This weekend TestRocker had the pleasure of participating in the 23rd annual Latino College Expo and Youth Summit. In addition to hosting a SAT workshop, we also enjoyed the opportunity to meet the enthusiastic students and their families. At the end of that workshop we shared “TestRocker’s Guide to Commonly Asked Questions about the SAT” with all of our attendees. The resource was so well-received that we could not wait to share it with the members of our TestRocker community. Read on to get acquainted with the SAT basics!
What is the SAT®?
The SAT® is widely accepted standardized college admission test that helps Colleges assess your academic ability and potential in comparison with the rest of the applicants in your graduating class across the world. Since the test is standardized, it helps level the playing field so that students from all backgrounds have an equal chance to succeed.
Why should I take the SAT®?
1. It’s a requirement: Most universities require a standardized test score (either SAT® or ACT) as part of the college application.
2. Scholarships: Many universities use your SAT® score to see if they can provide you with merit-based scholarships.
What is the SAT® scored out of?
The SAT® is out of a total of 2400 points. Each of the three sections (math, reading and writing) counts for 800 points.
What’s on the SAT®, and how long is the test?
The SAT® tests you for your math problem solving, writing and reading comprehension skills. The entire test takes 3 hours and 45 minutes (including 3 short breaks).
|Writing (essay)||25||60||The essay measures a student's ability to develop and express a point of view on an issue.|
|Writing (MC)||25||The multiple-choice questions ask students to:
|Critical reading (MC)||25||70||The questions assess students' reading skills, such as:
|Critical reading (MC)||25|
|Critical reading (MC)||20|
|Mathematics (MC & Free Response)||25||70||The questions require students to apply mathematical concepts and to use data literacy skills in interpreting tables, charts and graphs. They cover skills in four major areas:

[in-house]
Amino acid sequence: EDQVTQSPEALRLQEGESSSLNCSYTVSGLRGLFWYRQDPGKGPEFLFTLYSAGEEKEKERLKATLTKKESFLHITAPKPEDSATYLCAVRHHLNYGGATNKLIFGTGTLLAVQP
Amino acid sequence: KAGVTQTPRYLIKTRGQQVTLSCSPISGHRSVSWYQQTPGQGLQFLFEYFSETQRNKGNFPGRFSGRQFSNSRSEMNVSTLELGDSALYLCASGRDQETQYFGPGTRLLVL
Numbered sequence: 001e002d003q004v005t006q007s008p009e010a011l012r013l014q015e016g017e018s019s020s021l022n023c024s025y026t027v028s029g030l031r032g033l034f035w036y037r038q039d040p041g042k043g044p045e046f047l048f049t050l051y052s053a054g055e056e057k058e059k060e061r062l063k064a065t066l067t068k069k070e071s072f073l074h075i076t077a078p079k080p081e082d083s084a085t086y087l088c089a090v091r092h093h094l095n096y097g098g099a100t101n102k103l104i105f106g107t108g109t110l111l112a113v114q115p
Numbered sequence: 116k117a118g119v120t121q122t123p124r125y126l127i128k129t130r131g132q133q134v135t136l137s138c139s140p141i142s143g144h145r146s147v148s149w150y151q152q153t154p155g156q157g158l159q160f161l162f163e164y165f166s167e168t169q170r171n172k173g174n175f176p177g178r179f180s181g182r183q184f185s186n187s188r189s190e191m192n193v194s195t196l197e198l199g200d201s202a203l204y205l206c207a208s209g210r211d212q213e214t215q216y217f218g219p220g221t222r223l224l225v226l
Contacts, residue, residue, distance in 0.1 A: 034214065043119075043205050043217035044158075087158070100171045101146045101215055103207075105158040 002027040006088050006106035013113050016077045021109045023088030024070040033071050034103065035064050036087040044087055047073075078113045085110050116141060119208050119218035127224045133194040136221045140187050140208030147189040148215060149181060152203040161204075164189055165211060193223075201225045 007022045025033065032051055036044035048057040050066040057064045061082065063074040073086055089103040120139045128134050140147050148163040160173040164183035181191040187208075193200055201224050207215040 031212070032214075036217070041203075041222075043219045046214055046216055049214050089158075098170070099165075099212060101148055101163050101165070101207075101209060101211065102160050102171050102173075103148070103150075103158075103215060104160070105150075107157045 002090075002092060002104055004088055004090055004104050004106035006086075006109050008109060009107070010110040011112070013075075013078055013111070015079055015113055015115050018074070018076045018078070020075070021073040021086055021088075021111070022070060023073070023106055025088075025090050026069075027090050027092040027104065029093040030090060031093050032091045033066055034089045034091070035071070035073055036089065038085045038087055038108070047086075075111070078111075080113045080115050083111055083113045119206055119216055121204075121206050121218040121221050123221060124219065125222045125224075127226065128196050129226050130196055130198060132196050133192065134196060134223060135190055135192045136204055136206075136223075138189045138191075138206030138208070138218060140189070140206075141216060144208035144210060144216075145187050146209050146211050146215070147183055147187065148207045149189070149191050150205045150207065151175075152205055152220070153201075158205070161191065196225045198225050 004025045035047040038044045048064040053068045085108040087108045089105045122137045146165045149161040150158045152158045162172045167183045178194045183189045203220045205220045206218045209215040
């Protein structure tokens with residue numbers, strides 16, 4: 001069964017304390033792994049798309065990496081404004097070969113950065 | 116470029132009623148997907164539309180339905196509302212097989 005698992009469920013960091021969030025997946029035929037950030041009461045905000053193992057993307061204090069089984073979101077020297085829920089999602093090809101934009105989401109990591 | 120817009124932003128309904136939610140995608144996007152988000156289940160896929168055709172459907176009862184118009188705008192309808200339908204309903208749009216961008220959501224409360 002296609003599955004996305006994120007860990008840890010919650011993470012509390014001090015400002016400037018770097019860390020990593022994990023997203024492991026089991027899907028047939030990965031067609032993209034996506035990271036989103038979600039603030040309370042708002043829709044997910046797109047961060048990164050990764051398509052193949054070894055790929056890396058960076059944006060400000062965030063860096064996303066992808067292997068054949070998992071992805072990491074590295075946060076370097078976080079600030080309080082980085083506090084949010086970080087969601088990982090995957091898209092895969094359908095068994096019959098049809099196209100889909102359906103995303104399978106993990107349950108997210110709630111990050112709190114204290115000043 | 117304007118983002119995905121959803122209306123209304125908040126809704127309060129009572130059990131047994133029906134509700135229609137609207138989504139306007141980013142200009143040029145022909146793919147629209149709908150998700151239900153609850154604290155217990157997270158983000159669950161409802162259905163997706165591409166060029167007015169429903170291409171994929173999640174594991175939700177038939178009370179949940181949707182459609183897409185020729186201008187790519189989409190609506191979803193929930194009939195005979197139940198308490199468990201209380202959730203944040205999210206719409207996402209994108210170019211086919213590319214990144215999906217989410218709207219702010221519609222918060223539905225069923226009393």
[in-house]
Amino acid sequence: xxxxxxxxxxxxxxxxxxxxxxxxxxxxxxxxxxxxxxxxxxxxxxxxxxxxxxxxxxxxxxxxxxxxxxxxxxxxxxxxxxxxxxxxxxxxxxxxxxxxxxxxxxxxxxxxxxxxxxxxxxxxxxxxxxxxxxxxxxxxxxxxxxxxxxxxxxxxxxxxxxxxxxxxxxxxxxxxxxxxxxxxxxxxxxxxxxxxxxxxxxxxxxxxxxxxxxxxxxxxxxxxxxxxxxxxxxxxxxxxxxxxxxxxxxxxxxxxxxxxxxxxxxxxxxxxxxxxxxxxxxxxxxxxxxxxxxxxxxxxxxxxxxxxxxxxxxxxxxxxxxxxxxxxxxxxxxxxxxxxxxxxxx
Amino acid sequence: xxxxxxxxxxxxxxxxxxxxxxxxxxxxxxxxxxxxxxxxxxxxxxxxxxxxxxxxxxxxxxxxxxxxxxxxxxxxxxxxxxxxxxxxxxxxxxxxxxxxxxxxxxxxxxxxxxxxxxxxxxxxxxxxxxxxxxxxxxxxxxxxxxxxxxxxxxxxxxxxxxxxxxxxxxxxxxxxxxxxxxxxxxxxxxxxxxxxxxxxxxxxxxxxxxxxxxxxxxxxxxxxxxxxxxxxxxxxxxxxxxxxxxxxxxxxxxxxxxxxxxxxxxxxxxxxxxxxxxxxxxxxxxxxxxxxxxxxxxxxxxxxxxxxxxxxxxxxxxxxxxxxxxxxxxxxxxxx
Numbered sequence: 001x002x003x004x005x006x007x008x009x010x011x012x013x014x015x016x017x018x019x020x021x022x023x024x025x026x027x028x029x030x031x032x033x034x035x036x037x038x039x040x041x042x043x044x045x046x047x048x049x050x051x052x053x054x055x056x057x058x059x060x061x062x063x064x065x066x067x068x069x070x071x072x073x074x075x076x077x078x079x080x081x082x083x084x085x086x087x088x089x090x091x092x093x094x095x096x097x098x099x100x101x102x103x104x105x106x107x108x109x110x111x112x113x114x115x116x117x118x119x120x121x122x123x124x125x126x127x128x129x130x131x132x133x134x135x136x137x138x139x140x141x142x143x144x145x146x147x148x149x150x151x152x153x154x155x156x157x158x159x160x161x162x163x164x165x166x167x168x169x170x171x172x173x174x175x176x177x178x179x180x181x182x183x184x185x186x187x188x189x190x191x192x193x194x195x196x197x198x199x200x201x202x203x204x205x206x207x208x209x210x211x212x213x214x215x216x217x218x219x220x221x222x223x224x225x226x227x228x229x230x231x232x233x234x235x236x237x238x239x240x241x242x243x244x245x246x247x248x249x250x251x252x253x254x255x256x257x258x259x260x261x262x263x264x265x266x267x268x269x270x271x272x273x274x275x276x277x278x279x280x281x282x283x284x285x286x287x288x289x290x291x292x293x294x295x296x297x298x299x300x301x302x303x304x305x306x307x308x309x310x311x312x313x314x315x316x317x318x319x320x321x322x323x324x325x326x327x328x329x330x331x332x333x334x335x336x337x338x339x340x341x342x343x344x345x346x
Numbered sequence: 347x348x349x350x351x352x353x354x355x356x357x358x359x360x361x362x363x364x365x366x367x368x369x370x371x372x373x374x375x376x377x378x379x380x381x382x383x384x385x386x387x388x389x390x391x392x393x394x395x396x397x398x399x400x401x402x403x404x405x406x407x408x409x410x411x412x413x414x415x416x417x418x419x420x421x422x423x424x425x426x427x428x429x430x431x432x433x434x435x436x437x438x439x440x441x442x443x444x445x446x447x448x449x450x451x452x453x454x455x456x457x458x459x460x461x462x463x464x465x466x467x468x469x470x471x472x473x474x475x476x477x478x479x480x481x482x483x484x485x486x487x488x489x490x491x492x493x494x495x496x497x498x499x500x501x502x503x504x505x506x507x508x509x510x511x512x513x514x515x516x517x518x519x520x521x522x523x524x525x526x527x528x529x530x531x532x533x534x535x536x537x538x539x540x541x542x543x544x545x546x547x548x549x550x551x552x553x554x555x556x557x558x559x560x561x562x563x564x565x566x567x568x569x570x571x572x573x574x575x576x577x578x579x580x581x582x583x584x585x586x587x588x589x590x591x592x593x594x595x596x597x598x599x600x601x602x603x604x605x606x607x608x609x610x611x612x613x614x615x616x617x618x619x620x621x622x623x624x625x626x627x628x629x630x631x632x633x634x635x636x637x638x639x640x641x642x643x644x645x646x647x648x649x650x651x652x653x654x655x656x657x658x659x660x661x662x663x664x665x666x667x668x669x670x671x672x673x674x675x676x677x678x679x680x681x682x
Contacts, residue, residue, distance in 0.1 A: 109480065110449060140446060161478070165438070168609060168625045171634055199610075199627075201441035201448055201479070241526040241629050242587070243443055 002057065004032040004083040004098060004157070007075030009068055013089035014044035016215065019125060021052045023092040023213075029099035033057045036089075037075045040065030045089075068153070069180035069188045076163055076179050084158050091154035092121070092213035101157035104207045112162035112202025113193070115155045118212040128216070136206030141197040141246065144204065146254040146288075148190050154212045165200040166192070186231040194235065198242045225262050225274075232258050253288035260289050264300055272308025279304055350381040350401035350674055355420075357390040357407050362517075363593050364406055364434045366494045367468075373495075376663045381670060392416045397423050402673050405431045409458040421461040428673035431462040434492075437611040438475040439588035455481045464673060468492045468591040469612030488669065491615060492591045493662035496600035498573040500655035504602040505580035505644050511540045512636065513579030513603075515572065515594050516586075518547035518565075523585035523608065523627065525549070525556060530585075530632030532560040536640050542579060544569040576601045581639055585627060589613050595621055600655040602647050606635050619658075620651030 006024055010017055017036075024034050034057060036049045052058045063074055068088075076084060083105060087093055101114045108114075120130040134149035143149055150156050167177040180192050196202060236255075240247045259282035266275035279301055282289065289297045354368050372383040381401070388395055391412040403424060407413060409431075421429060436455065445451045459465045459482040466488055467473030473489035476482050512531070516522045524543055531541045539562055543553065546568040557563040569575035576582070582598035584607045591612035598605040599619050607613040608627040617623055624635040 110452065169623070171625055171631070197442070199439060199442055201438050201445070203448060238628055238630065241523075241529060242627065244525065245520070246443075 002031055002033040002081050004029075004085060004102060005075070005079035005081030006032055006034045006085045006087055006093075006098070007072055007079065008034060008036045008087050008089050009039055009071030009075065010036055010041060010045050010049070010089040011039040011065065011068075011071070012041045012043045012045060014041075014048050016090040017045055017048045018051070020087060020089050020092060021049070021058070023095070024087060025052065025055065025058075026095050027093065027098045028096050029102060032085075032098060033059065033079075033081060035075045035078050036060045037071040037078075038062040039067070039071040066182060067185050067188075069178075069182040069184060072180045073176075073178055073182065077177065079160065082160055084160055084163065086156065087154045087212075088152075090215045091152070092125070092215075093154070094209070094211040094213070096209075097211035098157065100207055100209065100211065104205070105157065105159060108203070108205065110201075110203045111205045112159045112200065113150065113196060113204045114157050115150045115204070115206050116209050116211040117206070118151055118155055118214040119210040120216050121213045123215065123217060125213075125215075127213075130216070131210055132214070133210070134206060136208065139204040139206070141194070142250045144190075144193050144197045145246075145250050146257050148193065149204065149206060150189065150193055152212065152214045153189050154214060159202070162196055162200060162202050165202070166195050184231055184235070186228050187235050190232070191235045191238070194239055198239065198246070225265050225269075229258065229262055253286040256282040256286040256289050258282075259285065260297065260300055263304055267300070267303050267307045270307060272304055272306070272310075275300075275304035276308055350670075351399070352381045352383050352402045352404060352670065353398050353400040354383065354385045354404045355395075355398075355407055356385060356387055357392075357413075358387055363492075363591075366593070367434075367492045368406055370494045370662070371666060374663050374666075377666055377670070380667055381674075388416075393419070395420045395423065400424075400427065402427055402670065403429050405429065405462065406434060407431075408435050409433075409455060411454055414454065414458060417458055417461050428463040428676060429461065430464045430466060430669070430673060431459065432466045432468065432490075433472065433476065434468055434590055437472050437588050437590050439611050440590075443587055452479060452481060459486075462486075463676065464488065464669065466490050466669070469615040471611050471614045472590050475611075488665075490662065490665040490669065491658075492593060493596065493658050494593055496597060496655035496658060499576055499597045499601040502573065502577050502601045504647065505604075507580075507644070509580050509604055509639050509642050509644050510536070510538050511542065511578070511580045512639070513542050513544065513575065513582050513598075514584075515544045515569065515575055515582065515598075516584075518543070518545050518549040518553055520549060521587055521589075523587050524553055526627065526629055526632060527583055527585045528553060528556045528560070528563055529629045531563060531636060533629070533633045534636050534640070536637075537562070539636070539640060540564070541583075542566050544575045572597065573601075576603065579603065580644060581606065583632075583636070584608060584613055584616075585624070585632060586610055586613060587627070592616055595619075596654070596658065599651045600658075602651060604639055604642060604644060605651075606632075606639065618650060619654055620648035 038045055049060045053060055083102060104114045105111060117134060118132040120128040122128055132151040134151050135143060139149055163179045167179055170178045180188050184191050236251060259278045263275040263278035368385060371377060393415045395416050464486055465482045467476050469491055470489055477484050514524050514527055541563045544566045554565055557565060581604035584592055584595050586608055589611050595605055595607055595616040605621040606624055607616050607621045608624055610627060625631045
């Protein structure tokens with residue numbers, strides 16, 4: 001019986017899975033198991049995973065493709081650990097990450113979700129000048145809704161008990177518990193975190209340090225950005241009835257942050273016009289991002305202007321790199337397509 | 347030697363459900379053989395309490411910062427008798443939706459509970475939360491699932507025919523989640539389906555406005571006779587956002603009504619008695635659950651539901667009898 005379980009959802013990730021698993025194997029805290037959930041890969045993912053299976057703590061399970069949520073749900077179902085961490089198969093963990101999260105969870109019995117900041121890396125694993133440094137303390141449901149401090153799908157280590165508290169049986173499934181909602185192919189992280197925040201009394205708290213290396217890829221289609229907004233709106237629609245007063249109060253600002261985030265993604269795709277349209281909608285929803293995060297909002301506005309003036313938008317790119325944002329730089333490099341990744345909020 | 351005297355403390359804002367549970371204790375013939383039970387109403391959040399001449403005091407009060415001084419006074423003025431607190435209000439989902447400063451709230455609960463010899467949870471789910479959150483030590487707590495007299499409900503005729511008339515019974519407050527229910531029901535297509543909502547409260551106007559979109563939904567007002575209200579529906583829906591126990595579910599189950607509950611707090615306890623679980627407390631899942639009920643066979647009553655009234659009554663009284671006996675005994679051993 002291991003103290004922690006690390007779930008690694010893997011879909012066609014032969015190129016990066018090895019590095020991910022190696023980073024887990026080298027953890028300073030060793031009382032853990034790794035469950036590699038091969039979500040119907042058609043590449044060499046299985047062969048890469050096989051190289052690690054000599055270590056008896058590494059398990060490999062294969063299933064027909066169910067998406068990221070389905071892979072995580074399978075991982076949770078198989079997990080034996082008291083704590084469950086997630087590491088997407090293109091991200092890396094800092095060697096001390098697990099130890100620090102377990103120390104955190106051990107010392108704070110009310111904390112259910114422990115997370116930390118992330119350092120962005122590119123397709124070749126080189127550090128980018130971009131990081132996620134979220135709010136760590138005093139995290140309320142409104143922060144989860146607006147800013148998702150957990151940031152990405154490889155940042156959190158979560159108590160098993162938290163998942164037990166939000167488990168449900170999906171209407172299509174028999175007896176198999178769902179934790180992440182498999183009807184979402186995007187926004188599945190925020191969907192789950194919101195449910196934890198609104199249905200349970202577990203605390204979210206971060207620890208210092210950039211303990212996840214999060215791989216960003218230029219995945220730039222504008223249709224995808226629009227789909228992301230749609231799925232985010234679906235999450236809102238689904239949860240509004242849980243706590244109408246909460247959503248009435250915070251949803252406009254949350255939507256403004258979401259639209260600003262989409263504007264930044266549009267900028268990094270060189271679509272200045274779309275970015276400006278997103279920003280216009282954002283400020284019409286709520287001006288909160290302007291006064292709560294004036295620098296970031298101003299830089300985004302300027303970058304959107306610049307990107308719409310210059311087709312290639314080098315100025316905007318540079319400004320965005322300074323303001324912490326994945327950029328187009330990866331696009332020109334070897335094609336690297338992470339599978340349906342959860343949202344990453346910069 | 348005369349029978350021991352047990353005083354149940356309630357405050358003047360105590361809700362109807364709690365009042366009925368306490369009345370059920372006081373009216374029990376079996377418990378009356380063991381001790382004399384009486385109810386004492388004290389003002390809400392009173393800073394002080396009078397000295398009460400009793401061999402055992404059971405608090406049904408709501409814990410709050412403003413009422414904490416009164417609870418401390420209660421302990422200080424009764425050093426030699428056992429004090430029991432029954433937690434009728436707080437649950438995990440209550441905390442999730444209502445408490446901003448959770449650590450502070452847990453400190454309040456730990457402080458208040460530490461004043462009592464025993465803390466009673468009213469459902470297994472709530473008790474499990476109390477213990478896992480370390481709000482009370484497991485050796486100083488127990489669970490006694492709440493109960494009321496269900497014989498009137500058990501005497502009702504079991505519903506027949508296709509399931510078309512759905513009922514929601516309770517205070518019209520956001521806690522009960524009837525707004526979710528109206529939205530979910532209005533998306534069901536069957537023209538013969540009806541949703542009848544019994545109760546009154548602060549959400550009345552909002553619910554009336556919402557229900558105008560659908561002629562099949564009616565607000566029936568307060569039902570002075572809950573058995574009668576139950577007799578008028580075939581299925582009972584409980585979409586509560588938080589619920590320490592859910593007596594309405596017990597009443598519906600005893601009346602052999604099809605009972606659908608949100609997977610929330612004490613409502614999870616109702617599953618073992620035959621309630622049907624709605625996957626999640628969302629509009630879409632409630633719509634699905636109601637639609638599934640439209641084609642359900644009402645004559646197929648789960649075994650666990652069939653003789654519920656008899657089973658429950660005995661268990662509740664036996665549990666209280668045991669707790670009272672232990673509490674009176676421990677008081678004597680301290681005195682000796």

|Mathematics (multiple choice)||20|
|Variable (unscored, multiple choice)||25||25||This section may have critical reading, mathematics or multiple-choice writing questions. It does not count toward the final score.|
*Above chart from collegeboard.org
MC stands for multiple choice
When should I take the SAT®?
Most students take the test 2nd semester of their junior year. Definitely plan to be finished with your SATs
by October of Senior year. In the United States, the SAT® is administered 7 times a year (January, March,
May, June, October, November, and December). For international students the SAT is administered 6 times a year (January, May, June, October, November, and December).
Do I need to prepare for the SAT®? If yes, when should I start preparing for the SAT®?
Yes, you should definitely prepare for the SAT®. Everyone has the ability to improve, and you want your SAT® score to match your potential so that you can get in to the best possible schools. Start preparing for the SAT® any time after your Sophomore year. Summer is a great time to start because you actually have time to prepare. You should prepare ahead of time – don’t leave it till the last minute. TestRocker is a great resource, after taking a diagnostic test and having their customized study plan created, users are able to study when and where they want to.
How many times can I take the SAT®?
Although you can take the SAT® as many times as you want, we recommend that you take it no more than 3 or 4 times.
What is the PSAT? Why & When should I take the PSAT? How is the PSAT different from the SAT®?
Think of the PSAT as a baby brother of the SAT®. It serves as a practice test to show you what the SAT® is like. For most students, the PSAT serves as a good wake up call to start thinking about college application process. The PSAT is administered in October. While you can take the PSAT as a Sophomore, you should definitely take it as a Junior as your PSAT score could qualify you to enter National Merit Scholarship programs. The only real difference between the PSAT and SAT® is that the PSAT does not have an essay section.
How do I sign up for the SAT®?
You can register online at SAT.collegeboard.org. Make sure you check the registration deadline well in advance! Also make sure to check the nearest SAT® testing center to you – it might not be administered in your school.
Can I use a calculator for the math sections?
Yes, use of calculators is encouraged for the Math sections. Make sure that you check what types of calculators are allowed!
How much does it cost to take the SAT®?
Although the price can vary slightly each year, the registration fee for the 2012-2013 school year is $50.
Are there any special allowances for students with disabilities?
Yes, the SAT® test can accommodate students with disabilities, once correct documentation has been provided and validated by the College Board. Contact the College Board for more information.